Performance on the Combined Reading Literacy Scale
U.S. 15-year-olds had an average score of 500 on the combined reading literacy scale. This was not measurably different from the OECD average score (493). Compared to the 33 other OECD countries, 6 had higher average scores than the United States (Korea, Finland, Canada, New Zealand, Japan, and Australia), 13 had lower average scores, and 14 had average scores not measurably different from the U.S. average. Compared to all other 64 countries and education systems, 9 had higher average scores than the United States, 39 had lower average scores, and 16 had average scores not measurably different from the U.S. average.
Performance of U.S. Students on the Reading Literacy Subscales
Since reading literacy was the major subject area for the 2009 cycle of PISA, results are shown for the combined reading literacy scale as well as for the three reading literacy subscales that describe reading aspects, or processes: accessing and retrieving information, integrating and interpreting, and reflecting and evaluating.
On the reflect and evaluate subscale, U.S. 15-year-olds had a higher average score than the OECD average. The U.S. average was lower than that of 5 OECD countries and higher than that of 23 OECD countries. Among all other 64 countries and education systems, 8 had higher average scores and 51 had lower average scores than the United States. On the other two subscales—access and retrieve and integrate and interpret—the U.S. average was not measurably different from the OECD average.
Along with scale scores, PISA 2009 also uses seven proficiency levels (levels 1b through 6, with level 1b being the lowest and level 6 the highest) to describe student performance in reading literacy. An additional category (below level 1b) includes students whose skills are not developed sufficiently to be described by PISA.
In reading literacy, 30 percent of U.S. students scored at or above proficiency level 4—not measurably different than the percentage of students in the OECD countries on average who performed at or above level 4. At level 4 students are described by PISA as capable of "difficult reading tasks" and "critically evaluating" a text. Eighteen percent of U.S. students scored below level 2 in reading literacy—not measurably different from the percentage of students in the OECD countries on average who demonstrated proficiency below level 2. Below level 2 students may not be able to consistently "recognize the main idea in a text unless it is prominent" or to consistently "make valid comparisons or contrasts" based on even a single feature in the text.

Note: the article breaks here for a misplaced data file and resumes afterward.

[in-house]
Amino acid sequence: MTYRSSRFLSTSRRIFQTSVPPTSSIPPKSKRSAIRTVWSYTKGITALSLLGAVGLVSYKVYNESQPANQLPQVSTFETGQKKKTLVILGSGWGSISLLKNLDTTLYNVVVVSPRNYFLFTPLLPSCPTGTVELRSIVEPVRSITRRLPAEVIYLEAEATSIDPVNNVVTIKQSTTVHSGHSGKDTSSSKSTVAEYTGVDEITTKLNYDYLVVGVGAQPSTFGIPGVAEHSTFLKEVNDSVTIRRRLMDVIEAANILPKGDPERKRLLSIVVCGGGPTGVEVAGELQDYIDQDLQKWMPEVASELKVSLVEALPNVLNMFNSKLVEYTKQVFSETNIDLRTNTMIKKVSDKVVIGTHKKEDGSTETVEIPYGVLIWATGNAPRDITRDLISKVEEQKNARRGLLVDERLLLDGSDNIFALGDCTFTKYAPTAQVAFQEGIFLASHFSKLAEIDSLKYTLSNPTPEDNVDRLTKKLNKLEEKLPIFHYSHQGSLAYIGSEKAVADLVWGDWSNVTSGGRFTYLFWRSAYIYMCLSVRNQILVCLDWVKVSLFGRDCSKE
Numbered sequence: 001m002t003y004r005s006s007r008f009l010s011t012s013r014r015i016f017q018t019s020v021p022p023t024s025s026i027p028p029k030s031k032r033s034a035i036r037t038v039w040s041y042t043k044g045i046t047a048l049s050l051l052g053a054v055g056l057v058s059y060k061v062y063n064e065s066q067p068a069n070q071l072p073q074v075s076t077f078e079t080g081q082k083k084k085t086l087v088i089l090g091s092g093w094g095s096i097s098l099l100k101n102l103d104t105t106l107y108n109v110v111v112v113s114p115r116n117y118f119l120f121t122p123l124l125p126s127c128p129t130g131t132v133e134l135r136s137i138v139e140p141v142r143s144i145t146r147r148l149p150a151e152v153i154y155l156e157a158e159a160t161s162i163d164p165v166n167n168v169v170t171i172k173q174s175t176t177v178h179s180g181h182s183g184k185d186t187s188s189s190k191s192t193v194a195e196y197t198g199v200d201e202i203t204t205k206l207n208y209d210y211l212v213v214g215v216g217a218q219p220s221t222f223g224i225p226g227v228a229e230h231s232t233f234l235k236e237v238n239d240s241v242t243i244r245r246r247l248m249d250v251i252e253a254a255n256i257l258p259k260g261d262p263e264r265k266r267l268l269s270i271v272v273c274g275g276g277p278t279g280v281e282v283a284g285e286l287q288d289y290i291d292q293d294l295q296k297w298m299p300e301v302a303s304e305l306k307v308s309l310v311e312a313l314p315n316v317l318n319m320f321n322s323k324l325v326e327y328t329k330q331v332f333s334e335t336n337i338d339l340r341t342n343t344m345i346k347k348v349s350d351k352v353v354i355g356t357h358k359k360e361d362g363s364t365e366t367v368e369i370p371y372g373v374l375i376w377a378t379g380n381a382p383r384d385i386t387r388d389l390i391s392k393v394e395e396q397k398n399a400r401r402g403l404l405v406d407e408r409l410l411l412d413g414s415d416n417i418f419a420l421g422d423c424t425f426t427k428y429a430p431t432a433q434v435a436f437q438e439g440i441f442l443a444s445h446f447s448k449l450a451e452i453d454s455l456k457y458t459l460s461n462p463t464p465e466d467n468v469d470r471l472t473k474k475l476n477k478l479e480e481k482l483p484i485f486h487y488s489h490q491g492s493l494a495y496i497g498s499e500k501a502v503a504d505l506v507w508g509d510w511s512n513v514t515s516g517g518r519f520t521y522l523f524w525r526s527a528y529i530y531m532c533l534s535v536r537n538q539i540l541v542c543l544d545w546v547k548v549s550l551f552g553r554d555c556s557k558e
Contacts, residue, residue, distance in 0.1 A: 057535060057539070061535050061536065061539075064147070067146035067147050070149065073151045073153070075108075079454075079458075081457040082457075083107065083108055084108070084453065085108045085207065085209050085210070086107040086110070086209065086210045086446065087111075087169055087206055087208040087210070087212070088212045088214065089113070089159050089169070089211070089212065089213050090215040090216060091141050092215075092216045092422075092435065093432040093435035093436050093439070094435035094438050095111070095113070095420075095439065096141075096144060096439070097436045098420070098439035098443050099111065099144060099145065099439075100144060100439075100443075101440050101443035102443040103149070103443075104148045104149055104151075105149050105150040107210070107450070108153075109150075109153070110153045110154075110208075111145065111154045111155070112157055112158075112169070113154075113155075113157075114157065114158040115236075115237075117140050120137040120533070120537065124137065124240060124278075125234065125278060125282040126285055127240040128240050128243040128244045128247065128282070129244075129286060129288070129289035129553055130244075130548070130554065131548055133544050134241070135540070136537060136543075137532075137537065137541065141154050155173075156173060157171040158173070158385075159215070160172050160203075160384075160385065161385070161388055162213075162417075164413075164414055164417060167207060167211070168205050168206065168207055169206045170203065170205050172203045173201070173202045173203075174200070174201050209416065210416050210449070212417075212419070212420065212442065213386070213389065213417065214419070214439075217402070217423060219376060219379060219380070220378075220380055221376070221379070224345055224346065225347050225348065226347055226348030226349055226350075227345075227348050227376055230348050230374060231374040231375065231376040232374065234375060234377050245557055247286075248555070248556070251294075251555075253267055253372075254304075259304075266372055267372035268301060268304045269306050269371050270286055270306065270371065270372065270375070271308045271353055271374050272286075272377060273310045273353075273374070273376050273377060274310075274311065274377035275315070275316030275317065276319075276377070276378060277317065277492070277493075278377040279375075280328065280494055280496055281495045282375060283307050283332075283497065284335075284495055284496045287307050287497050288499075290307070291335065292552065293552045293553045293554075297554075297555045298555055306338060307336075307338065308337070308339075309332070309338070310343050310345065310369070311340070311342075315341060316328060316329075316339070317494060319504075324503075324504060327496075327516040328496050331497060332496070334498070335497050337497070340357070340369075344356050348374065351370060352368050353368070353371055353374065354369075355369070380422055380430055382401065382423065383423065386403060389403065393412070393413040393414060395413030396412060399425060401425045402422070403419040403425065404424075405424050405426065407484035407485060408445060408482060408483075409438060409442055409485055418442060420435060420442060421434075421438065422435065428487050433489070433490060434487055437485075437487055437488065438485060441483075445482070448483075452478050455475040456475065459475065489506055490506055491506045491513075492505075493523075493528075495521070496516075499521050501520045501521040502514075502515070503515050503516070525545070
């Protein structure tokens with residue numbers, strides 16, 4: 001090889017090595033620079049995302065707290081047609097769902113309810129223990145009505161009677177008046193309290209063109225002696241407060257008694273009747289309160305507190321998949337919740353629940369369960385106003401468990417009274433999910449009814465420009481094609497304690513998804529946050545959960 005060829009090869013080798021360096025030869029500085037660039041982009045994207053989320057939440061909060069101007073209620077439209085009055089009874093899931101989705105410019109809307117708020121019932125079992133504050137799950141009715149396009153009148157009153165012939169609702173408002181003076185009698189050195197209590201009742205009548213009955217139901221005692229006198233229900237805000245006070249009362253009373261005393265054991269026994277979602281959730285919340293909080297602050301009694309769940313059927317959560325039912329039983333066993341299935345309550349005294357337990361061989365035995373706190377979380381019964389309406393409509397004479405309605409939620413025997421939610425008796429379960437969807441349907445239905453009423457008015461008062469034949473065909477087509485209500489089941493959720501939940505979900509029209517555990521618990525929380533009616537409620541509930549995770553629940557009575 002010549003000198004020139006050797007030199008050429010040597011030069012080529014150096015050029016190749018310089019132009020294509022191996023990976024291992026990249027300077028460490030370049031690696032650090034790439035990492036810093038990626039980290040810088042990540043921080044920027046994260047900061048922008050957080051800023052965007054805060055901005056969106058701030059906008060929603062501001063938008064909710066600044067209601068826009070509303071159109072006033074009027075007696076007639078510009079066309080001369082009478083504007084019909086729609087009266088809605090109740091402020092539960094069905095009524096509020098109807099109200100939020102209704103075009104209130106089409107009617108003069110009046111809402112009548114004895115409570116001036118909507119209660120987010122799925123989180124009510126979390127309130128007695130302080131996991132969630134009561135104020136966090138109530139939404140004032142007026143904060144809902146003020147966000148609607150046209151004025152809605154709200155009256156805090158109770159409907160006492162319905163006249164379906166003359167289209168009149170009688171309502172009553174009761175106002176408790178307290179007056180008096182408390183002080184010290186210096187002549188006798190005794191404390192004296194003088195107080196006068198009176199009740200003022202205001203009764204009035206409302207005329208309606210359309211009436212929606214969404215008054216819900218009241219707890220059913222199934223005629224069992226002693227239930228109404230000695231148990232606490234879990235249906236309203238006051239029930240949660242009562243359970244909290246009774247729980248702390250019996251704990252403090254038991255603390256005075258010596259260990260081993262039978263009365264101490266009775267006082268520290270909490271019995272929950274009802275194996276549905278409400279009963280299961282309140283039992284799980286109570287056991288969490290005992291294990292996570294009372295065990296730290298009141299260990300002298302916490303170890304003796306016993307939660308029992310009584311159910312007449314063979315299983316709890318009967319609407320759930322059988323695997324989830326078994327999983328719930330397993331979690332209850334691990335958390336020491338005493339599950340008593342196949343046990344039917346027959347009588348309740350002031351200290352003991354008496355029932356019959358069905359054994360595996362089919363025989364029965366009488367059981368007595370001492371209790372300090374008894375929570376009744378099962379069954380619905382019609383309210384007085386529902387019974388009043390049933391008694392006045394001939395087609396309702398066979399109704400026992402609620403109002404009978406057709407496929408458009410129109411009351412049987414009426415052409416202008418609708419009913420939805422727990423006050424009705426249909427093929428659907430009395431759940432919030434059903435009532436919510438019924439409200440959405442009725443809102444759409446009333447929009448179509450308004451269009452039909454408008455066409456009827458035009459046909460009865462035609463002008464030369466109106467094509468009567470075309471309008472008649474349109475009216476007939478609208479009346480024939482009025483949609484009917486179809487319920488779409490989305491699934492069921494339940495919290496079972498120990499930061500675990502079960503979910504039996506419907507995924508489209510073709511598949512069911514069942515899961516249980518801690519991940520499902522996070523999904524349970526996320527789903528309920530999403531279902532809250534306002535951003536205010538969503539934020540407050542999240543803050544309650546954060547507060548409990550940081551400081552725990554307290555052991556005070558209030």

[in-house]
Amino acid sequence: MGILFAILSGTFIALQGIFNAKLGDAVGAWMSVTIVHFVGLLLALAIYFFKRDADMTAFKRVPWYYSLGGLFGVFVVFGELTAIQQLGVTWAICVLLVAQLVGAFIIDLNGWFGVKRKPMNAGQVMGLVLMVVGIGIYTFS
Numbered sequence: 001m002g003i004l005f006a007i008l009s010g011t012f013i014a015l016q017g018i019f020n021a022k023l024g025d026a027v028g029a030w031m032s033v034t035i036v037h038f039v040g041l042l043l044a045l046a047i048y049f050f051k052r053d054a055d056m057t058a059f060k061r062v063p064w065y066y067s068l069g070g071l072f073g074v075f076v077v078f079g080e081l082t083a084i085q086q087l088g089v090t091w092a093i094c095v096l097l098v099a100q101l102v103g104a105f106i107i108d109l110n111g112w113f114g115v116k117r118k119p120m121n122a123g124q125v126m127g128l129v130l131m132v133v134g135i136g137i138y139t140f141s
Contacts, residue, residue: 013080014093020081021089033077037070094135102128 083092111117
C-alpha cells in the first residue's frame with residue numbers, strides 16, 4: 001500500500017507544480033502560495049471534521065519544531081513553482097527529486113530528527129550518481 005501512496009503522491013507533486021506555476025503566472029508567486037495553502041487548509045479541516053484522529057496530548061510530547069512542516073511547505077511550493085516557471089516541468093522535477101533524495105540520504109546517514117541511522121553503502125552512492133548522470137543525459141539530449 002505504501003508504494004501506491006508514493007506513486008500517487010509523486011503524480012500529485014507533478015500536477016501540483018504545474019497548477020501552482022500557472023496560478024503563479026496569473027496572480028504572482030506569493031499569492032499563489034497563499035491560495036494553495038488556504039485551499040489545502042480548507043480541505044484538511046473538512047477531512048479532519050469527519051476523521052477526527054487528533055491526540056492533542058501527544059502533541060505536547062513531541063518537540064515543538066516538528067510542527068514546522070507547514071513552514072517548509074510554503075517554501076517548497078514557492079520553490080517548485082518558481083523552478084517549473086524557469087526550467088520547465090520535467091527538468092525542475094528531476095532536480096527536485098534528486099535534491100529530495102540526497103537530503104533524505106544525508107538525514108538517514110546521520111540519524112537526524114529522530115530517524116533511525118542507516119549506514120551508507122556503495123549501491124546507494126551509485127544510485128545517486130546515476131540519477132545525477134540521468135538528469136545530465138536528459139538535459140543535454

Trends in Performance in Reading Literacy
There was no measurable difference between the average score of U.S. students in reading literacy in 2000 and 2009 or between 2003 and 2009. There were no measurable differences between the U.S. average score and the OECD average score in 2000 or in 2009.
Differences in Performance by Selected Student and School Characteristics
Gender. Female students scored higher, on average, than male students on the combined reading literacy scale in all 65 participating countries and other education systems. In the United States, the difference was smaller than the difference in the OECD countries, on average, and smaller than the differences in 24 OECD countries and 21 non-OECD countries and other education systems.
Race/Ethnicity. The results include the performance of students by race/ethnicity for the United States only. In reading literacy, White (non-Hispanic) and Asian (non-Hispanic) students had higher average scores than the overall OECD and U.S. average scores, while Black (non-Hispanic) and Hispanic students had lower average scores than the overall OECD and U.S. average scores. The average scores of students who reported two or more races were not measurably different from the overall OECD or U.S. average scores.
School Socio-economic Contexts. The results for the United States also include the performance of students in different categories of public schools according to the percentage of enrollment eligible for free or reduced-price lunch, a proxy indicator of the socioeconomic composition of the school. Students in public schools in which half or more of students were eligible for free or reduced-price lunch (FRPL-eligible) scored, on average, below the overall OECD and U.S. average scores in reading literacy. Students in public schools in which less than 25 percent of students were FRPL-eligible scored, on average, above the overall OECD and U.S. average scores.